Ohio Senate President Matt Huffman (R) warned that if the cannabis legalization ballot passes on Nov. 7, the state’s Republican-dominated senate will likely modify some of its main components.
In a speech on the Senate floor, Huffman predicted what he called a "mental health crisis" if voters legalize recreational marijuana. He added, “This initiated statute is coming right back before this body.”
Huffman said he also had reservations about provisions that allocate part of the tax revenue from legal marijuana sales to help those applying for business licenses under the social equity program, which seeks to remedy harms “resulting from the disproportionate enforcement of marijuana-related laws."
The Coalition to Regulate Marijuana Like Alcohol, which led the push to get Issue 2 on the ballot, said there's no preference given to people with prior cannabis-related convictions.
Huffman Brings Up Suicide, Infuriating Some Parents
In what many Ohioans found distasteful, Huffman brought up teen suicide, the second leading cause of death among teenagers and young adults in Ohio.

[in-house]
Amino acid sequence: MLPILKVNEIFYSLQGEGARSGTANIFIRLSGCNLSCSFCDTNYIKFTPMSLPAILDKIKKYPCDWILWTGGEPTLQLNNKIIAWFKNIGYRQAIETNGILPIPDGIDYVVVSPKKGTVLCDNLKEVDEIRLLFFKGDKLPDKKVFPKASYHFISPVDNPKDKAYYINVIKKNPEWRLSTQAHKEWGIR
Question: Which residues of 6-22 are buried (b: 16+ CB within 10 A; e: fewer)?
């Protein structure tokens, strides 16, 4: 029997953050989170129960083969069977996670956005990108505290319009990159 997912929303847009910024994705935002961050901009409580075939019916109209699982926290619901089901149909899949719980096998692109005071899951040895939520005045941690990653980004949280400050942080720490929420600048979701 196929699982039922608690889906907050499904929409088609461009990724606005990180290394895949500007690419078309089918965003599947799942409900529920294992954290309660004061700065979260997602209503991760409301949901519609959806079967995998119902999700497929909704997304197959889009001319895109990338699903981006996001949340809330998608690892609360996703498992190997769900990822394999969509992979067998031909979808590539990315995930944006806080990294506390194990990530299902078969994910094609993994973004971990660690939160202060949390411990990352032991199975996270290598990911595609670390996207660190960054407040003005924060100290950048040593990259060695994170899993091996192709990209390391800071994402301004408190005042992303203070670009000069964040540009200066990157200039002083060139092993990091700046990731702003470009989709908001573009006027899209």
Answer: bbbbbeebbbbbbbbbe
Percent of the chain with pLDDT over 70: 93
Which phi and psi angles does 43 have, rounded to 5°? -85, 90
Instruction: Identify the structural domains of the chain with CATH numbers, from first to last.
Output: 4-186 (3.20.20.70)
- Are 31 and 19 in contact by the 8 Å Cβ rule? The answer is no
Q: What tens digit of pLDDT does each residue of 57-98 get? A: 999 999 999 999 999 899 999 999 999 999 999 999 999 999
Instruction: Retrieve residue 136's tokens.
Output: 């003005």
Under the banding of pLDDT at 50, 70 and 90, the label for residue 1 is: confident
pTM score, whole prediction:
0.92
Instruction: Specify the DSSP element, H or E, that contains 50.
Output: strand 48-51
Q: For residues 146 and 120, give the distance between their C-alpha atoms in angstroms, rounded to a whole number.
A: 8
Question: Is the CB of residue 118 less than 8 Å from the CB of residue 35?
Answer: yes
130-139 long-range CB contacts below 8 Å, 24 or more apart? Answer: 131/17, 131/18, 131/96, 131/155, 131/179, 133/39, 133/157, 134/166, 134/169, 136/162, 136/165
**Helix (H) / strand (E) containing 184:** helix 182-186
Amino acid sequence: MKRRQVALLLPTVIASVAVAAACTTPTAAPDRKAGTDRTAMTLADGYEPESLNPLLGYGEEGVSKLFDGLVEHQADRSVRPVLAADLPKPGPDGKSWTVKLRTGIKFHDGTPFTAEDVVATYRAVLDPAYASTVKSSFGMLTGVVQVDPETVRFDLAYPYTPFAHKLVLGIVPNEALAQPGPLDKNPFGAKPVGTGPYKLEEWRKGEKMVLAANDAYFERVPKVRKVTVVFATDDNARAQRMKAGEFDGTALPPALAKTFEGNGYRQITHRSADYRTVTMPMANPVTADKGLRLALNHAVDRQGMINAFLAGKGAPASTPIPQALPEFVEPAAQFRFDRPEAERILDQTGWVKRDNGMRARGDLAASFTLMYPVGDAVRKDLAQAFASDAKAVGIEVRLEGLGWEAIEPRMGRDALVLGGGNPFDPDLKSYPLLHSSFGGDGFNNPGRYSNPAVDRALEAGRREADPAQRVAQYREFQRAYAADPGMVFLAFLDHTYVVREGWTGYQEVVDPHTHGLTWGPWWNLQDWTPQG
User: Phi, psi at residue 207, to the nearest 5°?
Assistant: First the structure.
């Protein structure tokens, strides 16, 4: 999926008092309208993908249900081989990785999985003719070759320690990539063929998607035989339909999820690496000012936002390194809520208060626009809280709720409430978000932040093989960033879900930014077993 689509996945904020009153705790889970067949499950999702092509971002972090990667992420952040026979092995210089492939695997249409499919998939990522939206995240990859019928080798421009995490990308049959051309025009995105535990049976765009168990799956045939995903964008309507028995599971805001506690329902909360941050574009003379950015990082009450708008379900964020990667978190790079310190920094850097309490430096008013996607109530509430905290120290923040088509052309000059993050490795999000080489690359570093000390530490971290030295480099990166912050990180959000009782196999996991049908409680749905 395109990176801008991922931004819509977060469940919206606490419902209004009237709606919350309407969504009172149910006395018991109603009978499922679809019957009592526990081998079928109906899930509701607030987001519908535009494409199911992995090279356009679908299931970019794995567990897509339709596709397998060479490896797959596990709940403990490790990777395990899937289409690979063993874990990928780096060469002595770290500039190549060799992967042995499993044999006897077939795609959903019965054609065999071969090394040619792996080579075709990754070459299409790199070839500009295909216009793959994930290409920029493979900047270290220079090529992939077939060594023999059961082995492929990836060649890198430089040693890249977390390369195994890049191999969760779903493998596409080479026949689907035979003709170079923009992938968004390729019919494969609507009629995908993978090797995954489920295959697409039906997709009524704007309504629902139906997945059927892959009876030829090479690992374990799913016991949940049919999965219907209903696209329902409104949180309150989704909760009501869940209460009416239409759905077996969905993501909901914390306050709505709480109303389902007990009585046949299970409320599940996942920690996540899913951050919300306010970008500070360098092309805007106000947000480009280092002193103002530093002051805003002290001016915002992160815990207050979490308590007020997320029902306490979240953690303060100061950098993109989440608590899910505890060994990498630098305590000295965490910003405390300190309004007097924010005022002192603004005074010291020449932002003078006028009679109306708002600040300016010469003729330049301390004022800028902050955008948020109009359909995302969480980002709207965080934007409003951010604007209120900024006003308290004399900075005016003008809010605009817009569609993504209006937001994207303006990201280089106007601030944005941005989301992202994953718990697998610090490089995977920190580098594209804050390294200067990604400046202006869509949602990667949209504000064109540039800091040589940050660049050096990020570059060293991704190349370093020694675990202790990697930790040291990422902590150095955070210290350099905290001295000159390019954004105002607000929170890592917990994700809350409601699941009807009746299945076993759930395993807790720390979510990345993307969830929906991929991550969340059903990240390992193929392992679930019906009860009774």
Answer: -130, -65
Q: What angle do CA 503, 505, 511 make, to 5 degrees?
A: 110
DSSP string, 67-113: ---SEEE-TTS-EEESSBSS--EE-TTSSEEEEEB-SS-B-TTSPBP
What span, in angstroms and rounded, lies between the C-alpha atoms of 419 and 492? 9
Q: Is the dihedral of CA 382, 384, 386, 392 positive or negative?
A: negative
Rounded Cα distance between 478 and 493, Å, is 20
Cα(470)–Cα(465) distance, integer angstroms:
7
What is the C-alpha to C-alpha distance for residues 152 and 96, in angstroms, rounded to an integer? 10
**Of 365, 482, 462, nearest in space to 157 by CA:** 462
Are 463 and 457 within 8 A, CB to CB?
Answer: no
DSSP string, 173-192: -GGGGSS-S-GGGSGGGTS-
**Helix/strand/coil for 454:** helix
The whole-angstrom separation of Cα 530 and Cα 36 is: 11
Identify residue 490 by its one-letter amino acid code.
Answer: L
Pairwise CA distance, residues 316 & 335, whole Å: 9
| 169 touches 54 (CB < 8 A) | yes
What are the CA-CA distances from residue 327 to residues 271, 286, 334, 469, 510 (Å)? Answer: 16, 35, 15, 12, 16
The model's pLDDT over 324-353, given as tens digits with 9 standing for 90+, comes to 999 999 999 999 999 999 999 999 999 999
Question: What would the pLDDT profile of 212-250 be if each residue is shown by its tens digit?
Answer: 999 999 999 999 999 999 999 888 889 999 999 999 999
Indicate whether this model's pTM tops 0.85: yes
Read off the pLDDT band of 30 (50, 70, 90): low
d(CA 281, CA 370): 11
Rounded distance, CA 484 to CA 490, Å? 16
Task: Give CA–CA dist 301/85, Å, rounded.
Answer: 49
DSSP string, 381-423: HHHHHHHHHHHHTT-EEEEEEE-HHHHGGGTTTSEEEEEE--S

"If Issue 2 passes, there will be more teenagers in the state of Ohio committing suicide," he warned.
"And our reaction to that will not be, ‘Let's make marijuana illegal,' because by that time, more people will be making lots of money. It will be, ‘Maybe we should hire drug counselors, get into the schools, talk about kids not taking drugs.'"
One parent among several at a local high school soccer practice found his remarks appalling. "How dare he use a serious issue like suicide when we all know marijuana and teen suicide are in no way linked," said a woman who asked not to be named.
Robin Isenberg, executive director at the National Alliance on Mental Illness of Greater Toledo, said the biggest risk factor for teen suicide is untreated mental health challenges. "The key there is untreated because we know that folks who are in treatment and who are on a traveling, supportive recovery journey have less of a chance of having suicidal thoughts.”
She added that coming off the COVID-19 pandemic, many teens faced profound issues of isolation and hopelessness that added to the suicide crisis, reported the Toledo Blade.
Meanwhile, a new poll from Ohio’s Baldwin Wallace University showed that 57.4% of Ohioans plan to approve Issue 2, according to results released Wednesday. This poll is consistent with USA TODAY Network / Suffolk University polling from July, which showed nearly 58% of Ohio voters are backing cannabis legalization.
Photo: Matt Huffman, Courtesy of Ohio Senate
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